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American Business Values: With International Perspectives / Edition 4
     

American Business Values: With International Perspectives / Edition 4

by Gerald F. Cavanagh, Charles T. Fisher, S. J. Cavanagh
 

ISBN-10: 0135182344

ISBN-13: 9780135182345

Pub. Date: 06/06/1997

Publisher: Prentice Hall

Product Details

ISBN-13:
9780135182345
Publisher:
Prentice Hall
Publication date:
06/06/1997
Edition description:
Older Edition
Pages:
314
Product dimensions:
5.99(w) x 8.90(h) x 0.51(d)

Table of Contents

Preface xiii
CHAPTER 1 A Free Market for Ethical Values
1(37)
Freedom and Markets
3(1)
Living for Today
3(5)
Debt and consumption
4(1)
Restructuring the firm
5(3)
Mergers and Speculation
8(5)
Golden parachutes and greenmail
11(1)
Institutional investors
12(1)
Insider trading
12(1)
Management Self-Interest
13(4)
Public confidence in corporations and executives
14(1)
Sexual harassment
14(2)
Pollutants and police
16(1)
Advertising, Media, and Global Firms Shape Values
17(11)
Advertising affects values
20(1)
Global firms: Corporate citizens of the world
21(1)
New horizons for global business
22(4)
Influence of global firms
26(2)
Values of Free Enterprise
28(2)
Self-interest as a goal
28(2)
Individualism, commitment, and community
30(1)
Summary and Conclusions
31(1)
Discussion Questions
32(1)
Exercise: Personal Values and Life Goal Inventory
33(3)
Rank ordering of personal values
34(1)
Life goal inventory
34(2)
Case: College Test
36(1)
Case: Confidentiality of Electronic Mail
36(2)
CHAPTER 2 Maturity and Moral Development
38(31)
Lack of Maturity Brings Stress
39(4)
Midlife crisis
39(2)
Stress and illness
41(2)
Moral Development
43(10)
Stages of moral growth
45(2)
Reasoning and caring in moral development
47(2)
Individualism and the common good
49(3)
Leaders build shared values
52(1)
Personal Values of Businesspeople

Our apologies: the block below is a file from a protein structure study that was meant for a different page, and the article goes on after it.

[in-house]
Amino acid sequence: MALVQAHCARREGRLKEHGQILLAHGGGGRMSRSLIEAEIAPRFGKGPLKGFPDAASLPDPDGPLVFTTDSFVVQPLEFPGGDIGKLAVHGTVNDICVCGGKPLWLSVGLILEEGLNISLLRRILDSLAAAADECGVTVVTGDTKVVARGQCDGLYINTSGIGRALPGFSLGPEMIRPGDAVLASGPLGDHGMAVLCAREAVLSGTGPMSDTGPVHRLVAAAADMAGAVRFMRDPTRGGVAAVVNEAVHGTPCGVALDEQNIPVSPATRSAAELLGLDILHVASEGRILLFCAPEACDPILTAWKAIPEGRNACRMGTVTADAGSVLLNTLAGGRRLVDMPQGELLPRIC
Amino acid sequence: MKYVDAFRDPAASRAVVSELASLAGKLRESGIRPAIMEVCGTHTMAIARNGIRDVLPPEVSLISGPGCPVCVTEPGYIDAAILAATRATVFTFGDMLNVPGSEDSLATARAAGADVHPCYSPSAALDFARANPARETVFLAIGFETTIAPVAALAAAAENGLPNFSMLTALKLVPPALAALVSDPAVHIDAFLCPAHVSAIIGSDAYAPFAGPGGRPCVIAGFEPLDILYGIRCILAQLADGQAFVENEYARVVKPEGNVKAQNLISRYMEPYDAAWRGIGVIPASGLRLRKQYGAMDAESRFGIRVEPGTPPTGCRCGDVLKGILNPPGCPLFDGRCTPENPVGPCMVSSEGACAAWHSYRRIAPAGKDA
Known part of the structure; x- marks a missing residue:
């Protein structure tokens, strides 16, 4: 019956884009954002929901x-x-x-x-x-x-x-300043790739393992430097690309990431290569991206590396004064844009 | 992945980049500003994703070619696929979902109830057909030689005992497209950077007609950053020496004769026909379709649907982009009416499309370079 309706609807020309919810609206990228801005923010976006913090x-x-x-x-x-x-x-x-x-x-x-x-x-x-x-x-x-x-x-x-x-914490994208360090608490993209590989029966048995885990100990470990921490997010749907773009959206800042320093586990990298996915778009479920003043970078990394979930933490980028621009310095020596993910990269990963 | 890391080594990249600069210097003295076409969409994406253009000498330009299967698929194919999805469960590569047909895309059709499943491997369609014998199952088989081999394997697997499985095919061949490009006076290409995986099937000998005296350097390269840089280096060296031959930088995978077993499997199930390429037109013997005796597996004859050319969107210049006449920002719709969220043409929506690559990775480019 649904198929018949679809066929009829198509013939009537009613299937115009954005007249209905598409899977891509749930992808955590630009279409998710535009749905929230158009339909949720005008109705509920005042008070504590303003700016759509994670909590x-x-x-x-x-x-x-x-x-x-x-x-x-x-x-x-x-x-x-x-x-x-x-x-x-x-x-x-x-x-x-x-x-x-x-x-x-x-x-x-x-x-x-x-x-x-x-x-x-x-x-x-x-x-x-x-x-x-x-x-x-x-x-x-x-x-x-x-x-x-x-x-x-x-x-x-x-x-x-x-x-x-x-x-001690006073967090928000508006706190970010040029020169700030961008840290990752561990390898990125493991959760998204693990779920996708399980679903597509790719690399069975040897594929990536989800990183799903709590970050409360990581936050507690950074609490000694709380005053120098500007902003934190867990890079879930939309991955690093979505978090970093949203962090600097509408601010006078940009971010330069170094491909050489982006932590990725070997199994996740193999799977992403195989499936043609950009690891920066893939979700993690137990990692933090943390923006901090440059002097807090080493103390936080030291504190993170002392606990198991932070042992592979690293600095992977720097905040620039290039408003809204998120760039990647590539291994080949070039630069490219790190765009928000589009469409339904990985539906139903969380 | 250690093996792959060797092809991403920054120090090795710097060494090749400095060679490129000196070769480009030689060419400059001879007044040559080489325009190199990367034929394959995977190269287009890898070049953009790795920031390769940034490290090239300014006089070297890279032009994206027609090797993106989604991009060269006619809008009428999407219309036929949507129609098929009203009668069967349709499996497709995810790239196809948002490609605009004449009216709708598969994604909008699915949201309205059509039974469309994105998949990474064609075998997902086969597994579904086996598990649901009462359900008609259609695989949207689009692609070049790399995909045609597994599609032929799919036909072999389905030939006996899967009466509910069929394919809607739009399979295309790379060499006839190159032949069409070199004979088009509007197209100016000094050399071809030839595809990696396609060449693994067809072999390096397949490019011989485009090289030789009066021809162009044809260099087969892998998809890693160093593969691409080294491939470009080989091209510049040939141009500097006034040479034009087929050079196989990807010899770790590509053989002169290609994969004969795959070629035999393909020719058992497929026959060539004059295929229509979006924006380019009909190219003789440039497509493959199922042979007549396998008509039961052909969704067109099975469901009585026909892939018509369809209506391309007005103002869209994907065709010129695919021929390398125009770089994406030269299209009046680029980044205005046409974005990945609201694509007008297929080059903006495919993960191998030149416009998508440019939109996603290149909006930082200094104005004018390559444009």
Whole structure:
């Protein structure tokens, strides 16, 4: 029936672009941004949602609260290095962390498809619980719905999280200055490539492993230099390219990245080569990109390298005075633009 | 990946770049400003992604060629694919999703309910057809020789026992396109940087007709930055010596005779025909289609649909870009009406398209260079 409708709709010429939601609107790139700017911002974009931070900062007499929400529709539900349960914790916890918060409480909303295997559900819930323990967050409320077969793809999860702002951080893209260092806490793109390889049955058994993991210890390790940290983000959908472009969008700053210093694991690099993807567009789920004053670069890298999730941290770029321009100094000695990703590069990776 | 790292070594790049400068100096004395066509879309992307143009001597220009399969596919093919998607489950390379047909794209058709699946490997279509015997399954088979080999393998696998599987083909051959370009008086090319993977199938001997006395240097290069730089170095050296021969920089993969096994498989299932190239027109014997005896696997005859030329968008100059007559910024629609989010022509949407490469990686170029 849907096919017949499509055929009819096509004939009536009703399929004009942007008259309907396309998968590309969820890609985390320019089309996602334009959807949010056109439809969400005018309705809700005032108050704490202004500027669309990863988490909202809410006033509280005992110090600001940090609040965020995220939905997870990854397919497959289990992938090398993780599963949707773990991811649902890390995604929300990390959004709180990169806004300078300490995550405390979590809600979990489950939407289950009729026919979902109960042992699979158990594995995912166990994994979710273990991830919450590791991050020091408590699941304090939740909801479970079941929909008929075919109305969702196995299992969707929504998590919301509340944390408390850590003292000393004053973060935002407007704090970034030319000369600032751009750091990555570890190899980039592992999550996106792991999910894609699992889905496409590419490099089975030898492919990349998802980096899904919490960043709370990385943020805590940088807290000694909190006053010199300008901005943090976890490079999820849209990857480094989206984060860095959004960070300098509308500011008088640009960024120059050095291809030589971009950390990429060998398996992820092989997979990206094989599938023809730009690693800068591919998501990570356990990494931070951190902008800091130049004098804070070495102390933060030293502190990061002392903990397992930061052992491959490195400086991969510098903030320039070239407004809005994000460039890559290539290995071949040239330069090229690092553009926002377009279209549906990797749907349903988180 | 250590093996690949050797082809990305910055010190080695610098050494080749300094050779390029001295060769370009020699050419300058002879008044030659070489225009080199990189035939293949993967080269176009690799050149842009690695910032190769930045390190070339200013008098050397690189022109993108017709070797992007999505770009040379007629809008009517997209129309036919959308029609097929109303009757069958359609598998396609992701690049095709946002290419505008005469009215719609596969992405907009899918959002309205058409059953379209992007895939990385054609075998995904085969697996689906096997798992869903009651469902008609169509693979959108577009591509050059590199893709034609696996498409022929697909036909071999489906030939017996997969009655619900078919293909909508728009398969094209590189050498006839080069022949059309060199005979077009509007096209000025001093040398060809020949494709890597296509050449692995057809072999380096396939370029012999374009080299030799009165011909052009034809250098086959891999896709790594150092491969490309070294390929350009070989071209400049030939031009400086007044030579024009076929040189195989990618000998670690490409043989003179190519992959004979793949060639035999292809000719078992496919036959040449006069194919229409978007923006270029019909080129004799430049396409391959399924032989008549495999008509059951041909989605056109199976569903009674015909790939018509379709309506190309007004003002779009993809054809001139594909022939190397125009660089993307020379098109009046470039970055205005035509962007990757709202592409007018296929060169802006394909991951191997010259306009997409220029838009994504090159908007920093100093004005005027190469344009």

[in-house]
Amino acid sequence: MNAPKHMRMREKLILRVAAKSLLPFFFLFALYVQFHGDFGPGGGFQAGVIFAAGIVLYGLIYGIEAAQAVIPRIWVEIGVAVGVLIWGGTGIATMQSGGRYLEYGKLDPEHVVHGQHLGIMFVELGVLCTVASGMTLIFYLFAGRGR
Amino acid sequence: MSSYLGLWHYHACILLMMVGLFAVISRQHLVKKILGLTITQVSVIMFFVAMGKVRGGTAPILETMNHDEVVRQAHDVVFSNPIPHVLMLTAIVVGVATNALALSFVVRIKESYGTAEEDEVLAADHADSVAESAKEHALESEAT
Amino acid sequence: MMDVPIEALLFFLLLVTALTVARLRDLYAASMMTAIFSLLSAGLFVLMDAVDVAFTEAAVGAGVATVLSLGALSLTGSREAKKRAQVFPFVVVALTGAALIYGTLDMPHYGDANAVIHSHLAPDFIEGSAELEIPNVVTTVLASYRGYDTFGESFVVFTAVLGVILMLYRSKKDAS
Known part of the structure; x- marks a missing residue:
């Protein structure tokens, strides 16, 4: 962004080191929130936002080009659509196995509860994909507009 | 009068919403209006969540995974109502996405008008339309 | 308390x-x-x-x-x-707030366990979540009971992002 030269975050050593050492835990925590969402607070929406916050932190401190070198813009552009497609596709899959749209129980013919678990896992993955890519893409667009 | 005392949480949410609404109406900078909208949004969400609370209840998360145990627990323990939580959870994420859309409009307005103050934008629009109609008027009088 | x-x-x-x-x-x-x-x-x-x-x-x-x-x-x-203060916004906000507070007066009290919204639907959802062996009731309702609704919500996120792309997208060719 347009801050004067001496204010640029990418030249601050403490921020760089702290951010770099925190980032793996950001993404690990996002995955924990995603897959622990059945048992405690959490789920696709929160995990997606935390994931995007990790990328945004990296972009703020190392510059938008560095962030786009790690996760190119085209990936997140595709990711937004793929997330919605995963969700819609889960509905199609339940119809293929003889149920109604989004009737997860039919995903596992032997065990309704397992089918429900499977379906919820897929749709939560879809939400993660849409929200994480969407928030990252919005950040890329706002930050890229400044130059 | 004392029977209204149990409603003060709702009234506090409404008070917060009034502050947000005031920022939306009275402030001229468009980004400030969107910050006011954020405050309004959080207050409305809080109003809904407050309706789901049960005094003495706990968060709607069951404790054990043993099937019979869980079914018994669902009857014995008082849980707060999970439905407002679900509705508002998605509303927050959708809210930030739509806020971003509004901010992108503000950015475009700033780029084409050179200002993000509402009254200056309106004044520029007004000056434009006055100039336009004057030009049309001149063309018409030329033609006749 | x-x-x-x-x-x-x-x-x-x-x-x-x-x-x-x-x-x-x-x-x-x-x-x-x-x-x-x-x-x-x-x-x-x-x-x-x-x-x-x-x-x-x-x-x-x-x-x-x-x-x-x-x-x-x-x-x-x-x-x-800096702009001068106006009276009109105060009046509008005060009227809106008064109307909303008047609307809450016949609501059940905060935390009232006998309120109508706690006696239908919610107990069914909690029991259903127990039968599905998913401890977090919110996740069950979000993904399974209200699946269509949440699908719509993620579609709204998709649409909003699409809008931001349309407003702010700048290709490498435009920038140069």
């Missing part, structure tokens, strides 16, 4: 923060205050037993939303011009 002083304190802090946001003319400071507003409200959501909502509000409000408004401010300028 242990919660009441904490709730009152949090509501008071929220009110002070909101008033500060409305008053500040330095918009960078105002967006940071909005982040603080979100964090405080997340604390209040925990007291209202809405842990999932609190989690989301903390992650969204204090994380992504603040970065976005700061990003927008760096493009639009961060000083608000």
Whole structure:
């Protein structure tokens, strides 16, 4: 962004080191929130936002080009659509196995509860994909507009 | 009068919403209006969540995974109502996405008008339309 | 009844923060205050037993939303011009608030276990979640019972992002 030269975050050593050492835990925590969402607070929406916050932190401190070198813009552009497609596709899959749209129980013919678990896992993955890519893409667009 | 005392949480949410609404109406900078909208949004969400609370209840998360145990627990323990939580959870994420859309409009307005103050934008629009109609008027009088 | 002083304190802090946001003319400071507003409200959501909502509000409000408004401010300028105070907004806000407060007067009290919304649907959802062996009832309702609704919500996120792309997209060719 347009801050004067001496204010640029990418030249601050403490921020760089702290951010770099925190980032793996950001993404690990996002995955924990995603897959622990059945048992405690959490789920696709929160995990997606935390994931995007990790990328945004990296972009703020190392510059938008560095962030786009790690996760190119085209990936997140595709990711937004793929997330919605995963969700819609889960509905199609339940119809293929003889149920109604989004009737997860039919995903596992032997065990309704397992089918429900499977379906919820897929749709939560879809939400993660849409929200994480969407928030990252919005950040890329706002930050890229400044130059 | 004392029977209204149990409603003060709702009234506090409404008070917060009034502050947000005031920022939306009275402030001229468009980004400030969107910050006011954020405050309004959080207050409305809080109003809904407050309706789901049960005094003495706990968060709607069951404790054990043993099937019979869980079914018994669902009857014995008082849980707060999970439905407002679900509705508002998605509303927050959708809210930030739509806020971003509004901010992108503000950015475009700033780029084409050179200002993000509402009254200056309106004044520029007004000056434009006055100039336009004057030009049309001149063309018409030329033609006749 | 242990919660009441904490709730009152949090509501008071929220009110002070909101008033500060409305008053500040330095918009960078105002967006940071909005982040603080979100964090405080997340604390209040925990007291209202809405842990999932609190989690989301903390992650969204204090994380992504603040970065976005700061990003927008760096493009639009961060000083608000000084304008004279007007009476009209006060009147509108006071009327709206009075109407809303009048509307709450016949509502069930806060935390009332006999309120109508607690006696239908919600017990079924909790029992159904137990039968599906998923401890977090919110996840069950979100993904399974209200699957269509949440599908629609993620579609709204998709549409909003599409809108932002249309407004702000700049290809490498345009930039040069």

53(4)
Measuring personal values
54(1)
Personal experience gives direction
55(1)
Helping behavior
56(1)
Need for Ethics in Business
57(8)
Corporate pressure or personal greed
59(2)
Enlightened self-interest and ethics
61(1)
Taste, bias, and culture
62(1)
Young people and morals
63(1)
Response of business and business schools
64(1)
Summary and Conclusions
65(1)
Discussion Questions
66(1)
Exercise: Ethical Climate of an Organization
67(1)
Case: Drug Test
68(1)
Case: Bank Deposit Insurance
68(1)
CHAPTER 3 Ethical Behavior in Business
69(37)
Facts, Values, and Acts
70(3)
Dilemmas to decisions
71(1)
The actions of other people
72(1)
Ethical Norms for Business Decisions
73(10)
The norm of individual rights and duties
74(4)
The norm of justice
78(2)
The norm of utilitarianism
80(1)
The norm of caring
81(1)
Ethical norms for global business
82(1)
Solving Ethical Problems
83(9)
Decision making using the model
85(1)
Overriding factors
86(2)
Case of selling cigarettes
88(1)
Loyalty and whistle-blowing
89(1)
When to blow the whistle
90(1)
Good Habits Create Virtue
92(7)
The principal virtues
95(2)
Choosing to support virtue in the organization
97(2)
Ethics in Business Education
99(3)
Summary and Conclusions
102(1)
Discussion Questions
103(1)
Exercise: Memo to the Chief Executive
104(1)
Exercise: Service-Learning in Community
104(1)
Case: Double Expense Account
105(1)
Case: Tax Assessment Kickback
105(1)
CHAPTER 4 Historical Roots of Business Values
106(29)
Questioning the Past
107(1)
Listening to Our Forebears
108(14)
The ancient greek attitude toward business and work
108(2)
Work in biblical times
110(1)
Monks as capitalists
111(3)
From Luther and Calvin to the Protestant ethic
114(2)
Weber's analysis of the Protestant ethic
116(2)
John Locke and the right to private property
118(1)
Rousseau's social contract
119(1)
Adam Smith's capitalist manifesto
119(3)
Foundation for Enterprise Values
122(10)
Benjamin Franklin's way to wealth
124(2)
The American frontier
126(1)
Tocqueville's view of Americans
126(3)
Social Darwinism and Herbert Spencer
129(2)
Struggle for survival
131(1)
Summary and Conclusions
132(1)
Discussion Questions
133(1)
Case: Tax-Free Camera
134(1)
Case: Radar Detector
134(1)
CHAPTER 5 Factories, Immigrants, and Ideology
135(30)
The Protestant Ethic and Business Practices
136(12)
American individualism Ralph Waldo Emerson style
138(1)
Children and immigrants in nineteenth-century factories
139(2)
Establishment churches and business